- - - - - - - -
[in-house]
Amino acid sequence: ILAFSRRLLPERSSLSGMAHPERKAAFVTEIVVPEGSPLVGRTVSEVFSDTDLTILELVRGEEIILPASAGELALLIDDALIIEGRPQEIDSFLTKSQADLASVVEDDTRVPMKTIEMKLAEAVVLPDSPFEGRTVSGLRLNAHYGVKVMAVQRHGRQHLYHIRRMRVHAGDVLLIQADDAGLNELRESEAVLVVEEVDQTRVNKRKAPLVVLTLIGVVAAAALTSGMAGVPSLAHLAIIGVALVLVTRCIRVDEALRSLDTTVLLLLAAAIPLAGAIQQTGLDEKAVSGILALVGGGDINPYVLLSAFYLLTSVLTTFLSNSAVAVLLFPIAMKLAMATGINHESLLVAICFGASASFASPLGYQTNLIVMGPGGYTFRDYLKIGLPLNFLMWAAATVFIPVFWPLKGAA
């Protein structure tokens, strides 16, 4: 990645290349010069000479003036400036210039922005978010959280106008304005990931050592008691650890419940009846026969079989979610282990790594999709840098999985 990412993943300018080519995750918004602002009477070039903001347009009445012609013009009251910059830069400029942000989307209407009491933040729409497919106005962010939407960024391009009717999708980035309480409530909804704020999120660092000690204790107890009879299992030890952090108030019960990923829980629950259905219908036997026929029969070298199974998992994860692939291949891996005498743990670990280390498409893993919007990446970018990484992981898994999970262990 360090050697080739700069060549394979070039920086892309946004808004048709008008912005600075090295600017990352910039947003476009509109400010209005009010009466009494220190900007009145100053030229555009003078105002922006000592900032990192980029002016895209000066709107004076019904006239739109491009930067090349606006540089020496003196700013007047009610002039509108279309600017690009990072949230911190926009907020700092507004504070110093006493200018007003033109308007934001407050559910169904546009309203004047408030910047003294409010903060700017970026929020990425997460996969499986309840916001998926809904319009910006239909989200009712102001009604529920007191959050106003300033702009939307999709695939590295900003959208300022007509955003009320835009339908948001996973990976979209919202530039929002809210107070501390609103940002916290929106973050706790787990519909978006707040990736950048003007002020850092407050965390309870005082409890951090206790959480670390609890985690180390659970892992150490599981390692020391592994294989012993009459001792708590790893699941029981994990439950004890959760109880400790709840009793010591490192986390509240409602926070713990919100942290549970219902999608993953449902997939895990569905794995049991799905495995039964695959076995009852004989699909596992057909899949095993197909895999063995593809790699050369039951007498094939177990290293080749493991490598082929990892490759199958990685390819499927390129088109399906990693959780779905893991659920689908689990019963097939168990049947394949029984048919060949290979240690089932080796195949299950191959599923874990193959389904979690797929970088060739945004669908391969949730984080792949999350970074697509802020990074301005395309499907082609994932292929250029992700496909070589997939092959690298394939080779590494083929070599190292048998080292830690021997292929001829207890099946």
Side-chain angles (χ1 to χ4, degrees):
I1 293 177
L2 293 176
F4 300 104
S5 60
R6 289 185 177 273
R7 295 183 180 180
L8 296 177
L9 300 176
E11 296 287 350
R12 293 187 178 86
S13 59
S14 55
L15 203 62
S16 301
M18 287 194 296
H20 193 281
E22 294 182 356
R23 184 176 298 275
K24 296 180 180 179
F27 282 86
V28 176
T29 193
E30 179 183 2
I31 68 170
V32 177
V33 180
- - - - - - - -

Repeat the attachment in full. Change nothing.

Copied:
[in-house]
Amino acid sequence: ILAFSRRLLPERSSLSGMAHPERKAAFVTEIVVPEGSPLVGRTVSEVFSDTDLTILELVRGEEIILPASAGELALLIDDALIIEGRPQEIDSFLTKSQADLASVVEDDTRVPMKTIEMKLAEAVVLPDSPFEGRTVSGLRLNAHYGVKVMAVQRHGRQHLYHIRRMRVHAGDVLLIQADDAGLNELRESEAVLVVEEVDQTRVNKRKAPLVVLTLIGVVAAAALTSGMAGVPSLAHLAIIGVALVLVTRCIRVDEALRSLDTTVLLLLAAAIPLAGAIQQTGLDEKAVSGILALVGGGDINPYVLLSAFYLLTSVLTTFLSNSAVAVLLFPIAMKLAMATGINHESLLVAICFGASASFASPLGYQTNLIVMGPGGYTFRDYLKIGLPLNFLMWAAATVFIPVFWPLKGAA
């Protein structure tokens, strides 16, 4: 990645290349010069000479003036400036210039922005978010959280106008304005990931050592008691650890419940009846026969079989979610282990790594999709840098999985 990412993943300018080519995750918004602002009477070039903001347009009445012609013009009251910059830069400029942000989307209407009491933040729409497919106005962010939407960024391009009717999708980035309480409530909804704020999120660092000690204790107890009879299992030890952090108030019960990923829980629950259905219908036997026929029969070298199974998992994860692939291949891996005498743990670990280390498409893993919007990446970018990484992981898994999970262990 360090050697080739700069060549394979070039920086892309946004808004048709008008912005600075090295600017990352910039947003476009509109400010209005009010009466009494220190900007009145100053030229555009003078105002922006000592900032990192980029002016895209000066709107004076019904006239739109491009930067090349606006540089020496003196700013007047009610002039509108279309600017690009990072949230911190926009907020700092507004504070110093006493200018007003033109308007934001407050559910169904546009309203004047408030910047003294409010903060700017970026929020990425997460996969499986309840916001998926809904319009910006239909989200009712102001009604529920007191959050106003300033702009939307999709695939590295900003959208300022007509955003009320835009339908948001996973990976979209919202530039929002809210107070501390609103940002916290929106973050706790787990519909978006707040990736950048003007002020850092407050965390309870005082409890951090206790959480670390609890985690180390659970892992150490599981390692020391592994294989012993009459001792708590790893699941029981994990439950004890959760109880400790709840009793010591490192986390509240409602926070713990919100942290549970219902999608993953449902997939895990569905794995049991799905495995039964695959076995009852004989699909596992057909899949095993197909895999063995593809790699050369039951007498094939177990290293080749493991490598082929990892490759199958990685390819499927390129088109399906990693959780779905893991659920689908689990019963097939168990049947394949029984048919060949290979240690089932080796195949299950191959599923874990193959389904979690797929970088060739945004669908391969949730984080792949999350970074697509802020990074301005395309499907082609994932292929250029992700496909070589997939092959690298394939080779590494083929070599190292048998080292830690021997292929001829207890099946």
Side-chain angles (χ1 to χ4, degrees):
I1 293 177
L2 293 176
F4 300 104
S5 60
R6 289 185 177 273
R7 295 183 180 180
L8 296 177
L9 300 176
E11 296 287 350
R12 293 187 178 86
S13 59
S14 55
L15 203 62
S16 301
M18 287 194 296
H20 193 281
E22 294 182 356
R23 184 176 298 275
K24 296 180 180 179
F27 282 86
V28 176
T29 193
E30 179 183 2
I31 68 170
V32 177
V33 180